The ground had a clubshop attached so we sought cover from the rain in the bar. We were allowed in the members bit of the bar, whilst the normal general public had to make do with Racey’s cafe bar next door, which was packed with families enjoying a night out, Enfield style. We left it until 5 minutes before kick off to make a run for it, paying out £5 to have a slice of FA Cup history (free for Lolly as the bloke gave us a tale about lifting children over turnstiles at White Hart Lane after the War). Dan was gutted to find that all of the programmes had sold out – could this mean a record crowd?
Brimsdown Rovers 2 Fleckwell Heath 4 – Goldsdown Road – Friday 28th August 2009
The teams were just emerging from the “tunnel” in the corner of the pitch, with the home team accompanied by 11 mascots a la Champions League style. A line up in front of the main stand and then we were off. We started to walk around the pitch to the other side, to take up residence behind the dugouts for amusement purposes. Behind the one “open” end stood a lonely character, with wild unkept hair…could this be? Yes it was the non-league groundhopping legend, Wolfie. This guy spends every waking minute going from ground to ground in the UK at all levels but can only count his visit if he touches the ball. Having the whole end to himself surely meant he would be able to tick this one off quickly? Well in the 2nd minute the ball bounced over the advertising hording and he set off. Only Dan was nearer, and Dan knew nothing of the legend so returned the ball to the keeper, much to the Wolf’s annoyance! (he only had to wait a few more minutes before he got his touch, the notebook came out and he was a happy, yet still deranged man)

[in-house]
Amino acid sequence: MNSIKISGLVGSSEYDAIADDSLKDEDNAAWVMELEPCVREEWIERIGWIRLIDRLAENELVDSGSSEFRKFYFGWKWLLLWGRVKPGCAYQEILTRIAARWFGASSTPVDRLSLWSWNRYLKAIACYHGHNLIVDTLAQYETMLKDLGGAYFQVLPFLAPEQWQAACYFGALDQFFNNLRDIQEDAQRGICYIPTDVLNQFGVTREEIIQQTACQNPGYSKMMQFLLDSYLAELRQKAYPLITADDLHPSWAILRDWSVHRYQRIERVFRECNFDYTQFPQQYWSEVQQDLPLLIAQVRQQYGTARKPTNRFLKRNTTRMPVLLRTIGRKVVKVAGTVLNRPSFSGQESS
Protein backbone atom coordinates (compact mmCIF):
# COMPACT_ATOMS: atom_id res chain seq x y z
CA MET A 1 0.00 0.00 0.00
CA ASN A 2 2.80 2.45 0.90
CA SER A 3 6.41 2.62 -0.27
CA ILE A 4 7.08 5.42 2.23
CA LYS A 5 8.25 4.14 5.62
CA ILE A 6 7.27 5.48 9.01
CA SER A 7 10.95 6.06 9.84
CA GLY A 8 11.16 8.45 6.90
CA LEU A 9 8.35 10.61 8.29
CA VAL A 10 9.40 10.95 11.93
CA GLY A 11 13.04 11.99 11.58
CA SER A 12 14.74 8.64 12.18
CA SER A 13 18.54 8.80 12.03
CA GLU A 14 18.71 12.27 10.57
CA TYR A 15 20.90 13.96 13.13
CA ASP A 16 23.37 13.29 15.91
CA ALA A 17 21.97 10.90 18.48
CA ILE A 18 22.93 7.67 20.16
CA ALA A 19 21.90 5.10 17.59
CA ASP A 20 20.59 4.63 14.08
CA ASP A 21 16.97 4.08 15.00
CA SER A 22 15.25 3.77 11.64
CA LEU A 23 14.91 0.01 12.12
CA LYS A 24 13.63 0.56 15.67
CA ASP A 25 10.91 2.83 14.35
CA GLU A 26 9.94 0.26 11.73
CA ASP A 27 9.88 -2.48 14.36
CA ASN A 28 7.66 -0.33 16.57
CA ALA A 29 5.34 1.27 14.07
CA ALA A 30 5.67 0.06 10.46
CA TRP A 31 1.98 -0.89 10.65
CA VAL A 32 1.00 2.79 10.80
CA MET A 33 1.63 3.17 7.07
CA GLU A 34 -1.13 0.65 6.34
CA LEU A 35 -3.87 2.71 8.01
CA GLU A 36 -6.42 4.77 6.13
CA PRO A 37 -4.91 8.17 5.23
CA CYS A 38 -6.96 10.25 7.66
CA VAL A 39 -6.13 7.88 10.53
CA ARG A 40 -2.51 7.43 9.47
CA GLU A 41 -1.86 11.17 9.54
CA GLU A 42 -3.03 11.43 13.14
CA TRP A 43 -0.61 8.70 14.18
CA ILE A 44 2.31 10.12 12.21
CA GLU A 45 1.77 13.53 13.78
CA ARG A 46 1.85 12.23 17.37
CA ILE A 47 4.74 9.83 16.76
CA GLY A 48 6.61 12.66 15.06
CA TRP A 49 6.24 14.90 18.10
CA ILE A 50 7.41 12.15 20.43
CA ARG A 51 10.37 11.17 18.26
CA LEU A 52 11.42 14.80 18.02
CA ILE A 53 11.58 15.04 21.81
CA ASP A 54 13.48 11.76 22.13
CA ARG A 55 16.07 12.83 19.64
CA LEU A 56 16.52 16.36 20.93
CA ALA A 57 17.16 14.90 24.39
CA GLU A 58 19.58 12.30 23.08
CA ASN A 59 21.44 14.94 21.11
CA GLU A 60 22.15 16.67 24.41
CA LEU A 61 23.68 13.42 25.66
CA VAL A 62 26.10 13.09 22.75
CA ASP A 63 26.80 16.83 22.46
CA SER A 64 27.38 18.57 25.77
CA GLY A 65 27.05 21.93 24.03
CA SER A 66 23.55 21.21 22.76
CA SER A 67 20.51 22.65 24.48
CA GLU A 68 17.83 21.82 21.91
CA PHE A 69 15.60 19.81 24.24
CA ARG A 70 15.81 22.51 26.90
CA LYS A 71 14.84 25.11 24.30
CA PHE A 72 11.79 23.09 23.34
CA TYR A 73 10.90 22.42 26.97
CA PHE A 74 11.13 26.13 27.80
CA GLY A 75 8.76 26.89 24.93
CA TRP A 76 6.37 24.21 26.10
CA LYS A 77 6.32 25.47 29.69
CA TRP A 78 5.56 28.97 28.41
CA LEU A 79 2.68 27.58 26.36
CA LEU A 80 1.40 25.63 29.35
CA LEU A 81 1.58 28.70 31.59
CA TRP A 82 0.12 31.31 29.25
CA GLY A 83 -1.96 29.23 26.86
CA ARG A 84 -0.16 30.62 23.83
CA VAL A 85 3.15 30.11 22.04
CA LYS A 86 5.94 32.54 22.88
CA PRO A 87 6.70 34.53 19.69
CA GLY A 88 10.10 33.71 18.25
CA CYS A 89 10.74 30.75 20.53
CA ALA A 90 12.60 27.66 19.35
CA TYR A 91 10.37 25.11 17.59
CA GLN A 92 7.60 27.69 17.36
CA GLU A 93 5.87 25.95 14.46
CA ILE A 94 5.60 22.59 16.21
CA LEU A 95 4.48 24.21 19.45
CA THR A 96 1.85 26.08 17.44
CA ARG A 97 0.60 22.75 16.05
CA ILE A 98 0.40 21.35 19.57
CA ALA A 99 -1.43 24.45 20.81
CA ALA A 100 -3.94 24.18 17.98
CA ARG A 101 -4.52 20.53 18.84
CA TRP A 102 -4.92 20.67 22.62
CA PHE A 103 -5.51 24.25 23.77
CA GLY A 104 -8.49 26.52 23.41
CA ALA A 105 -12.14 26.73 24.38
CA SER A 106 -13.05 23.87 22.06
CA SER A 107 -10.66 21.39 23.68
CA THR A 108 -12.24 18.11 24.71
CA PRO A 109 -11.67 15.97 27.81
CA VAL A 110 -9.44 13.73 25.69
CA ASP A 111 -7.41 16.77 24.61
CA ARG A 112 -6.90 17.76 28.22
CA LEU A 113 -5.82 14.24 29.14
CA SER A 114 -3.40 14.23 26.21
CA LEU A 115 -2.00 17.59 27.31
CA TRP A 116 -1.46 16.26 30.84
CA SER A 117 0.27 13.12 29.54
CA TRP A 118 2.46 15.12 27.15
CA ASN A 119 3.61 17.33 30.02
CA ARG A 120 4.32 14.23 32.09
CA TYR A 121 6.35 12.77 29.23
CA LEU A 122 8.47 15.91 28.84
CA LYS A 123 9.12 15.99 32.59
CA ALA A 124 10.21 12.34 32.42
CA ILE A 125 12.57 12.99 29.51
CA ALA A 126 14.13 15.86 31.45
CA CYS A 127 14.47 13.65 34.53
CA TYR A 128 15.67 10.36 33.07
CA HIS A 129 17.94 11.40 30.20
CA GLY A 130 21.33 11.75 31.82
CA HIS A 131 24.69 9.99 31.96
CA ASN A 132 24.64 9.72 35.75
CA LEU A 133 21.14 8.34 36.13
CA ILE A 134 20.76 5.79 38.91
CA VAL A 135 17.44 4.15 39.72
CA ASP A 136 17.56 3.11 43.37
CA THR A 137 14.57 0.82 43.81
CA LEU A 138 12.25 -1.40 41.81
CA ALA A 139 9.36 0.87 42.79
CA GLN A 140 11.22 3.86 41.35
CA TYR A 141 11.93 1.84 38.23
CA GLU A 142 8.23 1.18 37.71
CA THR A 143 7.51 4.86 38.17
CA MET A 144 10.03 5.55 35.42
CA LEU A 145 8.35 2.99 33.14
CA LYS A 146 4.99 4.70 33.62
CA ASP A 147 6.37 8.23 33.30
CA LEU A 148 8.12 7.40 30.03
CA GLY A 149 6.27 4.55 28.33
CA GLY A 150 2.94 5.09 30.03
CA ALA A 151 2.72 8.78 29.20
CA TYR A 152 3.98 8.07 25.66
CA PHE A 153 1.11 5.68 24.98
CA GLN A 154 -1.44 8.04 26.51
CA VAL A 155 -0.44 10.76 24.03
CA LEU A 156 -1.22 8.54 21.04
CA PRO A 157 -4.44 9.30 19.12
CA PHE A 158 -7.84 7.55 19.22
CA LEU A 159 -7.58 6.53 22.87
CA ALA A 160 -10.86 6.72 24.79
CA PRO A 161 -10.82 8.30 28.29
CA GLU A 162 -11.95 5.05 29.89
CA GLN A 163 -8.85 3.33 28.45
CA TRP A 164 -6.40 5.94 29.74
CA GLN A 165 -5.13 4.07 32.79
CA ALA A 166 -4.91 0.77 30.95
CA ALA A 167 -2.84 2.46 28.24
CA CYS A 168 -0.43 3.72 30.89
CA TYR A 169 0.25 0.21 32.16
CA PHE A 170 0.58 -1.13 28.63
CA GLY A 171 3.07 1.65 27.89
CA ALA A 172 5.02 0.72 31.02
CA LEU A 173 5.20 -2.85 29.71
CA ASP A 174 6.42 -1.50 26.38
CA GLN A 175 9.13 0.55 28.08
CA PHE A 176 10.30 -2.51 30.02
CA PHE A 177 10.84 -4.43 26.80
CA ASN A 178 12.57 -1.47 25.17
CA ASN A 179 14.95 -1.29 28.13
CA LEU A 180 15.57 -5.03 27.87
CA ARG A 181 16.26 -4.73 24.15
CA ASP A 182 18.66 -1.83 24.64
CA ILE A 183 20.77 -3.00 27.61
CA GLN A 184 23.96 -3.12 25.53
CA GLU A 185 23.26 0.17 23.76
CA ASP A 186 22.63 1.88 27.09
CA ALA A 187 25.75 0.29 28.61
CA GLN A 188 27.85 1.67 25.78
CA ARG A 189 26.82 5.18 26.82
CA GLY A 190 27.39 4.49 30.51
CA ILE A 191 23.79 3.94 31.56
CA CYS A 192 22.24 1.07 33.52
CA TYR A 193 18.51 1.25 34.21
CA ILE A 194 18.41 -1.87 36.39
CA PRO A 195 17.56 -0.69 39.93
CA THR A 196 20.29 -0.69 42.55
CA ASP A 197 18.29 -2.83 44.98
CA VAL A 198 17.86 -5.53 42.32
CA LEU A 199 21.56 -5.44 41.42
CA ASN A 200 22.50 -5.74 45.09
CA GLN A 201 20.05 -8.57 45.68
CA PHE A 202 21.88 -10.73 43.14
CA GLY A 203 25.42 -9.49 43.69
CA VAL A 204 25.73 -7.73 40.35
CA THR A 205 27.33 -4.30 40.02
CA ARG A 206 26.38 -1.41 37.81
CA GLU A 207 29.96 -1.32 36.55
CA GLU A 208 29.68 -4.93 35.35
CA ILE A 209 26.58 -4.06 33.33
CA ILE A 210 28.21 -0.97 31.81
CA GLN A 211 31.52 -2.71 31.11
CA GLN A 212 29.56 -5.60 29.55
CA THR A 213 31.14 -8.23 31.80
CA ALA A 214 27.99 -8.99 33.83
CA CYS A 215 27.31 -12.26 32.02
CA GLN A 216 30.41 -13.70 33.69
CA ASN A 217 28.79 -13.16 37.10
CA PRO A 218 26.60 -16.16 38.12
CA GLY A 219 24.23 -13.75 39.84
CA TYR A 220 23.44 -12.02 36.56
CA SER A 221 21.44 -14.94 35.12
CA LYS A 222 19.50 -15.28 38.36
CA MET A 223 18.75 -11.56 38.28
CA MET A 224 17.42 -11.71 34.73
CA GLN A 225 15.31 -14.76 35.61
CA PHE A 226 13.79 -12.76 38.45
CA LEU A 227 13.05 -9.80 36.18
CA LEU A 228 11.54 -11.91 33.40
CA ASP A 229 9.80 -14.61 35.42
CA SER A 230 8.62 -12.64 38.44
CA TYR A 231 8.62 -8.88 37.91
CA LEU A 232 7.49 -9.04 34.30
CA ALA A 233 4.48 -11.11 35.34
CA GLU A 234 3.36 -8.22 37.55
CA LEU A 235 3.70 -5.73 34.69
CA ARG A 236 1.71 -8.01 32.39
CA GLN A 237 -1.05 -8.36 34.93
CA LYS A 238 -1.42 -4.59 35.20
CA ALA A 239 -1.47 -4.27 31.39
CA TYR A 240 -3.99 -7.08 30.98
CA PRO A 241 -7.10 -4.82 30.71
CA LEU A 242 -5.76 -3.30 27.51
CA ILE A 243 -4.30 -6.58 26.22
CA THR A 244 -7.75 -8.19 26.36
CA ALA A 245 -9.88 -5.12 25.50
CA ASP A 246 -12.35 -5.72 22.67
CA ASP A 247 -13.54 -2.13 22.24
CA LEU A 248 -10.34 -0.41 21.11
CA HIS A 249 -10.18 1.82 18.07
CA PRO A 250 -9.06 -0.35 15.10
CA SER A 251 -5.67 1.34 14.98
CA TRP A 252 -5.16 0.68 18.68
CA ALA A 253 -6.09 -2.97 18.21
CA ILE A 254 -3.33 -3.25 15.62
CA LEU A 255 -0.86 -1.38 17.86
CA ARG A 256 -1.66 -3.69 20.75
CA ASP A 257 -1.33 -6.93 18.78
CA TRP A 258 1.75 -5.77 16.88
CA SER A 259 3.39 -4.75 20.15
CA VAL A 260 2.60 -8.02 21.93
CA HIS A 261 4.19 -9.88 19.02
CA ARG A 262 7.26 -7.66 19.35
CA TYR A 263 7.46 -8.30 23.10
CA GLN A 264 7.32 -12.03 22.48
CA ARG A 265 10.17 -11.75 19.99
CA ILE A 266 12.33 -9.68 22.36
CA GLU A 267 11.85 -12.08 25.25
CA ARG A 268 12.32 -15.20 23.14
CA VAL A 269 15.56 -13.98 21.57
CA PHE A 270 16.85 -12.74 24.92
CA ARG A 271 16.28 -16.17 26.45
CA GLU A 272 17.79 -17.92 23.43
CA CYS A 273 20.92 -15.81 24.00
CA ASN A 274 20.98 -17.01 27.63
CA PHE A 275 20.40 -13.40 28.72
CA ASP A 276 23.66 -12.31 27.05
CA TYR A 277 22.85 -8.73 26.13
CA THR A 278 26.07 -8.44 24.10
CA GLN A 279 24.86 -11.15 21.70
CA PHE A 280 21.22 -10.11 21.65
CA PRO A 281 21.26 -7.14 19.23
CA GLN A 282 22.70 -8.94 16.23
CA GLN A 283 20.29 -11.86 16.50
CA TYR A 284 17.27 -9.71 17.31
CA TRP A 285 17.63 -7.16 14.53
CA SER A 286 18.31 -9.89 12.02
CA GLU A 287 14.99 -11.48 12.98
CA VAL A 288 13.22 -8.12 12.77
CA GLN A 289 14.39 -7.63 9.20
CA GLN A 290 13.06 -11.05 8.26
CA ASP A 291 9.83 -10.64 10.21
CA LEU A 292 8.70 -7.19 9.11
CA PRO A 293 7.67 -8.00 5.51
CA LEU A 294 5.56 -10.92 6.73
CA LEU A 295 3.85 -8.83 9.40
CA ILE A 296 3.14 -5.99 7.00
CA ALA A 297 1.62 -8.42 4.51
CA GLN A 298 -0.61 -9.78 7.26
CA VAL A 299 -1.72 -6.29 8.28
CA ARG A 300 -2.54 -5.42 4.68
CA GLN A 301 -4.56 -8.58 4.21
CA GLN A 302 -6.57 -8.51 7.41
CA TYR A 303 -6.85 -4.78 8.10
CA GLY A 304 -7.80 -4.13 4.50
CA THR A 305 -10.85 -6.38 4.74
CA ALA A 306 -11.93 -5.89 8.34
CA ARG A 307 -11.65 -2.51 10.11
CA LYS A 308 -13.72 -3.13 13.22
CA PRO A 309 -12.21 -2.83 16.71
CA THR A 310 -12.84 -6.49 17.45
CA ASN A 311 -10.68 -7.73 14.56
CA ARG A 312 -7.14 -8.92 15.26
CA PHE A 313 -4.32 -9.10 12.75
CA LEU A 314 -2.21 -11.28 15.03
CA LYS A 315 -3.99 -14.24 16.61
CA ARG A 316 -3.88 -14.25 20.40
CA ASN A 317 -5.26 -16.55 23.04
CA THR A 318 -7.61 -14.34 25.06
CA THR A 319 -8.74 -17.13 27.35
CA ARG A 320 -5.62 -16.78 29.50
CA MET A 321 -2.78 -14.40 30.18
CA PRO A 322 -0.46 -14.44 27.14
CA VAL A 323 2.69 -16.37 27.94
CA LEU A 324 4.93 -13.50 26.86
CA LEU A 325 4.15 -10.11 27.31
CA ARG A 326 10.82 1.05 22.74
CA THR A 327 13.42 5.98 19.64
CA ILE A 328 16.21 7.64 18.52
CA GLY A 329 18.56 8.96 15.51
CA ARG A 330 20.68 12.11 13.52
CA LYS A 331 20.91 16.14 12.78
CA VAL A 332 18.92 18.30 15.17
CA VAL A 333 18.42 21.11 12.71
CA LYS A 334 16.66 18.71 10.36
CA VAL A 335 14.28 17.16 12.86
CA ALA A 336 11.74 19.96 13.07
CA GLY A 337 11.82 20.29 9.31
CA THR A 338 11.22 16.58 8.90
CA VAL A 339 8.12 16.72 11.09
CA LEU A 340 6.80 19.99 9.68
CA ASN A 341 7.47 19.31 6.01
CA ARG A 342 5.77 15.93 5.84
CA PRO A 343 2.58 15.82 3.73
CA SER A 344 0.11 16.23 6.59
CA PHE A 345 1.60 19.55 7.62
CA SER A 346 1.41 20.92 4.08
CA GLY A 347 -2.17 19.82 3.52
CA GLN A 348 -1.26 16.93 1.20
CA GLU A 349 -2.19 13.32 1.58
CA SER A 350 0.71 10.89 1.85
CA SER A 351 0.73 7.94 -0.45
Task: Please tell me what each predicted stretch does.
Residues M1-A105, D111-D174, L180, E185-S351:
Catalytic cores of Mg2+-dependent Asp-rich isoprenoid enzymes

The pitch was in a right old state. The ground was so dry and the white lines had been washed away by the storm, meaning it was almost impossible to see where the penalty area started, or when a ball went out to touch. Being so close to the action we could see how the tactics were being relayed by the respective benches. “Brimmo, level pegging”, “Eyes wide open” and “use the empty space” were some of the confusing few instructions in the first few minutes.